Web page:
How U.S.-made items are saving the environment
Creators News Service
Buying red, white and blue today can make for a greener tomorrow -- environmentally and economically.
Thanks to innovative technology and some dedicated CEOs, purchasing USA-made products is no longer a thing of the past, but an investment in the future.
One may not equate eco-friendly motor oil and cleaning products to an organic food and catering business. However, these two companies are examples of how environmental technology is making homegrown eco-friendly products more accessible -- and affordable -- to the consumer.
"We decided to attack two big problems: Environmental concerns and the problem of foreign oil dependence," said Jeff Marshall, CEO of Green Earth Technologies. "We thought applied technology and 'made in the U.S.' would be a significant undertaking and decided to do it."
Marshall "brought Silicon Valley solutions" to environmental and economic concerns facing the country and brought about one of the first innovations in the oil business in 30 years with Green Earth Technologies.
"Sending dollars abroad to buy petroleum is not the best solution for America right now," he said.
It's a sentiment felt every day by consumers with each painful trip to the gas pump and, as of late, the grocery store. It's also a concern being addressed by more companies, as the cost of fuel increases freight costs and raises the bottom line.
For CEOs like Marshall and Organic To Go's Jason Brown, it's also a chance to bring sustainable products made in the U.S. to the forefront of consumer consciousness. "There's likely to be more US manufacturing as companies figure out how to capitalize on [eco-friendly products]," Brown said. "The cost of oil forces the US to leverage for domestic fair value price."
According to Brown, that leverage comes not only in the manufacturing of goods on American soil, but also depending on more sustainable components for the production of domestic goods.
Both companies rely on biodegradable and bio-based components in the manufacturing of their products. Bio-based products use either an animal fat base -- as in the case of Green Earth's G-Oil -- or domestic plant oil extracts such as soy, sugar or corn. Biodegradable products generally originate from plant or animal matter and are digestible by microbes -- meaning that the refuse of such products become food for microorganisms rather than more garbage for landfills.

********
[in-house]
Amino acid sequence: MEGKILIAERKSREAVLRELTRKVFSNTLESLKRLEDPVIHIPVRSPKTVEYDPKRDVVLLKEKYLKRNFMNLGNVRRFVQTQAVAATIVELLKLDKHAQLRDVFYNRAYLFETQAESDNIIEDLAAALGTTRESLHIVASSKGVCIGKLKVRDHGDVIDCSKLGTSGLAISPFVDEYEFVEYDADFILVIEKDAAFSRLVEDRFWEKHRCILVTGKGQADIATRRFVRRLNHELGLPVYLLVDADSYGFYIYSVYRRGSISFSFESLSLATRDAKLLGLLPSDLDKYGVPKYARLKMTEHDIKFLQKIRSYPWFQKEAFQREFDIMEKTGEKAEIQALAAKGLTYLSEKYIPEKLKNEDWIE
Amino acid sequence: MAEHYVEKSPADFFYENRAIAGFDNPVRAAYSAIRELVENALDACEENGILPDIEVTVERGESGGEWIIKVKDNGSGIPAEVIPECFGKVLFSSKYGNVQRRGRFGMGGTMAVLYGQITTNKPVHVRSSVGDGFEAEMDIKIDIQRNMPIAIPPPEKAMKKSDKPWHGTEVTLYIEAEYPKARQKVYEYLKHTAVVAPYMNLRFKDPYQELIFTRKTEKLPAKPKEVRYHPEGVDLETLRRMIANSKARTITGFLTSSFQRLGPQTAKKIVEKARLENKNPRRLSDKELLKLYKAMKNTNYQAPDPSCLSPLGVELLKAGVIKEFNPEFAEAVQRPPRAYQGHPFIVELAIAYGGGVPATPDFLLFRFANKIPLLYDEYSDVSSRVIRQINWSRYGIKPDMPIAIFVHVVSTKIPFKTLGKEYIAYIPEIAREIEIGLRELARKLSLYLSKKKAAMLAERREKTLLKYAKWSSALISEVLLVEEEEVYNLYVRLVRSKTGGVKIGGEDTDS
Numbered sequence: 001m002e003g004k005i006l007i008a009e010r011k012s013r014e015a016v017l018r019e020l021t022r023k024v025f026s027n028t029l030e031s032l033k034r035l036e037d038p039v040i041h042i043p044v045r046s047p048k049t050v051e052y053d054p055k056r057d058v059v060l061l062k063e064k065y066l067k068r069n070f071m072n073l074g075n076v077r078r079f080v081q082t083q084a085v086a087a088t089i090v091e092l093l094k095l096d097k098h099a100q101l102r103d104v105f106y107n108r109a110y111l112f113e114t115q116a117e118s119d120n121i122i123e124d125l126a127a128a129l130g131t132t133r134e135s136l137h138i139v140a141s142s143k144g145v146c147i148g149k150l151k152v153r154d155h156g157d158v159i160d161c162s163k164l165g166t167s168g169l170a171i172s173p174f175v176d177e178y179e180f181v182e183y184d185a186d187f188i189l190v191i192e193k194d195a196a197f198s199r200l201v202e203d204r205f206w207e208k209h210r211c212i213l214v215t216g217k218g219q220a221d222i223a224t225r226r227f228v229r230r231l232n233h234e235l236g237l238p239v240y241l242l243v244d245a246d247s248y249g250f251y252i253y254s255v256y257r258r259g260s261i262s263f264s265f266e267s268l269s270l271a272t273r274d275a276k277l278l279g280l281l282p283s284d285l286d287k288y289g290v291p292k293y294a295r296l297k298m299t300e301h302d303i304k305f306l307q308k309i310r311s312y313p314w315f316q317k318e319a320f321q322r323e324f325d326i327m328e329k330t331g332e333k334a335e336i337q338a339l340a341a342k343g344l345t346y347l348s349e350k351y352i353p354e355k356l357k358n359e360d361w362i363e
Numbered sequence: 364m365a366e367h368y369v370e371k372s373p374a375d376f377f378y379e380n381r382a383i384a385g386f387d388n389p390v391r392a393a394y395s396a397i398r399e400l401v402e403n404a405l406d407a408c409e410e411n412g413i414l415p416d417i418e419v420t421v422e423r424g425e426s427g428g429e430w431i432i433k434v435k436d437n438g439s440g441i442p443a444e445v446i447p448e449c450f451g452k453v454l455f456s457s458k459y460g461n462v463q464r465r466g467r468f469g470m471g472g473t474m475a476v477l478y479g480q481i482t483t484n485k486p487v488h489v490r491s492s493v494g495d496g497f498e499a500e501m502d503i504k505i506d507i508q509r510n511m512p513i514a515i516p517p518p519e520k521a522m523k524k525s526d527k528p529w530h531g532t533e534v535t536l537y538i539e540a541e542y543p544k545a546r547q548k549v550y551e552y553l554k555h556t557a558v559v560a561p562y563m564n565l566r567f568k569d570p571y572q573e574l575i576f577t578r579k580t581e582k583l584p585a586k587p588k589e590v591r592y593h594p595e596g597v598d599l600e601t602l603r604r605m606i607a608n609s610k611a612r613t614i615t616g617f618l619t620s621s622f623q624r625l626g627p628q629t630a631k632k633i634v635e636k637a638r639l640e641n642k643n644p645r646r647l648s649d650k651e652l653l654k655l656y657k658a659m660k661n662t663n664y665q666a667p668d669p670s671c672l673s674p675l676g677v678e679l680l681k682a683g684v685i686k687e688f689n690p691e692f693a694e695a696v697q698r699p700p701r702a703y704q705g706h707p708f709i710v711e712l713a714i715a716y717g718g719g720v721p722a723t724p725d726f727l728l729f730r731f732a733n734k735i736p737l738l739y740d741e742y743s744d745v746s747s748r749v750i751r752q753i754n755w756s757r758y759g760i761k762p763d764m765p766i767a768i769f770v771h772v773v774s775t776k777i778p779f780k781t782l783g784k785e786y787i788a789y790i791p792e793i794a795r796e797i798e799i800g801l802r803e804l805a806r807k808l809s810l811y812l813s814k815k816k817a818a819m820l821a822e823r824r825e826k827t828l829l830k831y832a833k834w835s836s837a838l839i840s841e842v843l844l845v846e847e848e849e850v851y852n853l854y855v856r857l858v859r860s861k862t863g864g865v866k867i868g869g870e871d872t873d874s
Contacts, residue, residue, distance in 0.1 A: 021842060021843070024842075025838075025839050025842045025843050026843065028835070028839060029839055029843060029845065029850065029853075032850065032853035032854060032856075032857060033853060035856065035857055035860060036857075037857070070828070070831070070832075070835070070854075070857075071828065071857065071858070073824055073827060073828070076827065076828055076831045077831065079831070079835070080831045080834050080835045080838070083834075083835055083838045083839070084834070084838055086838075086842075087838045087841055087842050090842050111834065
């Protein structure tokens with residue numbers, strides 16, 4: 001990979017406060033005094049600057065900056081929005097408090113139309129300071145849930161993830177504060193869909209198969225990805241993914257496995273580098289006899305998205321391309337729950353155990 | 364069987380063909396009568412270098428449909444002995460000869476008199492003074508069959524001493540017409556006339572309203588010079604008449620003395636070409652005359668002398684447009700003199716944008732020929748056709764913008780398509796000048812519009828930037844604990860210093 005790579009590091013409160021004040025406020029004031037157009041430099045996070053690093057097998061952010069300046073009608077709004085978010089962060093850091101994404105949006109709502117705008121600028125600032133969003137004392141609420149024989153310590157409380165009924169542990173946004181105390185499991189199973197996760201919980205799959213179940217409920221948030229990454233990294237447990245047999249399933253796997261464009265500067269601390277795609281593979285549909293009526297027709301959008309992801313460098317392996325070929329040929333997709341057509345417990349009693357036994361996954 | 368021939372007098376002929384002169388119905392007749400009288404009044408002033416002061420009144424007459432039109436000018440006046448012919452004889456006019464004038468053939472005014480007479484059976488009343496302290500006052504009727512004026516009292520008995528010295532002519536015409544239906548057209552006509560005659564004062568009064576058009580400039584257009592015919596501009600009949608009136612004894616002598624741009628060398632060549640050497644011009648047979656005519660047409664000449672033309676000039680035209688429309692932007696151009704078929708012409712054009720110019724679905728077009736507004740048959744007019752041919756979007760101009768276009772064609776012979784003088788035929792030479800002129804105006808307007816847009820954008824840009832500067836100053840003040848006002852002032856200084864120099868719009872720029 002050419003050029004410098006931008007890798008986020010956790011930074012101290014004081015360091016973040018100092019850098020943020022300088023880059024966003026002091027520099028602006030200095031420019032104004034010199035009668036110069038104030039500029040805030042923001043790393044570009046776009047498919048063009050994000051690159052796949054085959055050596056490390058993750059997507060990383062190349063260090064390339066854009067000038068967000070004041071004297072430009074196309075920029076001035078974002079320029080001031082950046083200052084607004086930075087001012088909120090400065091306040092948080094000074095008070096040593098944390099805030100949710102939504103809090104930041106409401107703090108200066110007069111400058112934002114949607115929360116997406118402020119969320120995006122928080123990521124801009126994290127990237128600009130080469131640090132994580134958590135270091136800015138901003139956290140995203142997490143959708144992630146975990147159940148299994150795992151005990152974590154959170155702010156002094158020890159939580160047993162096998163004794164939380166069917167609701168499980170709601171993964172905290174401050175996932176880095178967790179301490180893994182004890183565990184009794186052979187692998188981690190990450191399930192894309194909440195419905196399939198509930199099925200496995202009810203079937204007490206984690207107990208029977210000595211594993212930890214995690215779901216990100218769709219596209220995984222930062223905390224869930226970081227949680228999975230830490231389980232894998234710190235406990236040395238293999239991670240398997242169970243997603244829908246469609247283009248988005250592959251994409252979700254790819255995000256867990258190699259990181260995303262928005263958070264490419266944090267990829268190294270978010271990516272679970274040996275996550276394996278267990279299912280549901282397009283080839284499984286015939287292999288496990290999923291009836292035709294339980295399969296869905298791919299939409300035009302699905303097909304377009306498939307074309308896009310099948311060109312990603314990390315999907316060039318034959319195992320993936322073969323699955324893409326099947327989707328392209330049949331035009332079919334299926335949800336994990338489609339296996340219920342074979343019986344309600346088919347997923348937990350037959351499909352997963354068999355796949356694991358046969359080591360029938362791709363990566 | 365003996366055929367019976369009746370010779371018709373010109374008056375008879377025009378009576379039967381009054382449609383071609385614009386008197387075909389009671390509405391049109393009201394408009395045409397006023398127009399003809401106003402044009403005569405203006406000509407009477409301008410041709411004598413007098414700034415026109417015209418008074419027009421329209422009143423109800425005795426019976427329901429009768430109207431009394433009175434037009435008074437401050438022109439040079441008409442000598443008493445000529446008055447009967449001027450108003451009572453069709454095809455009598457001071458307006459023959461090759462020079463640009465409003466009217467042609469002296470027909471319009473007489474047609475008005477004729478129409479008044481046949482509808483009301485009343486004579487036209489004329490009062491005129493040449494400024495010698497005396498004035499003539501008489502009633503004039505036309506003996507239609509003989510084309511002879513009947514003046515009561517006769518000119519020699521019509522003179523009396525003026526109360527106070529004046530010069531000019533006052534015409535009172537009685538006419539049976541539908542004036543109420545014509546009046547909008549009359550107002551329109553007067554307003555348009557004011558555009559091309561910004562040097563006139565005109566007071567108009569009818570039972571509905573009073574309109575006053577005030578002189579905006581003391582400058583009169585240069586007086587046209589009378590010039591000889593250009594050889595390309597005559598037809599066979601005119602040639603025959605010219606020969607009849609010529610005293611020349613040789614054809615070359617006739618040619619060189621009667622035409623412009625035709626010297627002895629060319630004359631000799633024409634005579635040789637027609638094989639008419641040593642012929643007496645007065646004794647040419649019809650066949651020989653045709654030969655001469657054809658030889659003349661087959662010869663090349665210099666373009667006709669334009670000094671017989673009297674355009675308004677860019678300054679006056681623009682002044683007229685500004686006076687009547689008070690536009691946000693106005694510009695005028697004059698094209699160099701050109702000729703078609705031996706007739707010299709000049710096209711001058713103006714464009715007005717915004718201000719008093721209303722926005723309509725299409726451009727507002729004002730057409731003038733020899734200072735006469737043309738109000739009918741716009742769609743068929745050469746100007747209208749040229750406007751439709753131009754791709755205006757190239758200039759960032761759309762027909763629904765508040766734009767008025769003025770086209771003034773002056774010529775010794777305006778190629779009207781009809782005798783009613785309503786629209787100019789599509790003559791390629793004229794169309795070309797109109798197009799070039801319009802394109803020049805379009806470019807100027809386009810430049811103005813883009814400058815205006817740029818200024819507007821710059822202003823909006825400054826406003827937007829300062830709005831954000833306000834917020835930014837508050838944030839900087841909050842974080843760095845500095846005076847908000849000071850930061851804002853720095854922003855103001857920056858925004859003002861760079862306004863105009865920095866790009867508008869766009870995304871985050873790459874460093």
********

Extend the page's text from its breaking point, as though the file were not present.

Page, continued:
Both bio-based and biodegradable components can and are made domestically and significantly impact the environment and the economy. For instance, plastic is generally derived from petroleum, much of which comes from overseas. Using corn for production instead means that it can be made on U.S. soil, won't have to be freighted from overseas and is not reliant on foreign oil.
In addition to the components of their products, manufacturers in the United States offer jobs to Americans as well as cut costs on shipping. Companies that invest in environmental technology, as Green Earth has done with nanotechnology, offer high-skilled technical jobs, potentially affecting employment in the manner that information technology jobs have in the past.
Companies that co-op with local organic farmers, as Organic To Go does, not only bring paychecks to working farm families, but also bring pesticide-free, healthier and affordable food to the average consumer.
"We're not sure if the chemicals and crop-dusting materials put on fields are American made," Brown said. "[But] by buying organic food, [consumers] are sure they're buying something made in the USA."
According to both Marshall and Brown, there has been a dramatic shift in consumer understanding of eco-friendly products and an influence to foster American products and jobs. Advances in environmental technology and rising fuel costs are shifting that understanding and help influence a growing demand.
It's not only the improvement of the United States economy that inspire these men. Both said they love their country. In addition to their economic ventures, they are proud to bring patriotism back to purchasing by offering environmentally friendly products that contribute to the economy and fuel the nation -- whether it's fuel for the body or fuel for small engines.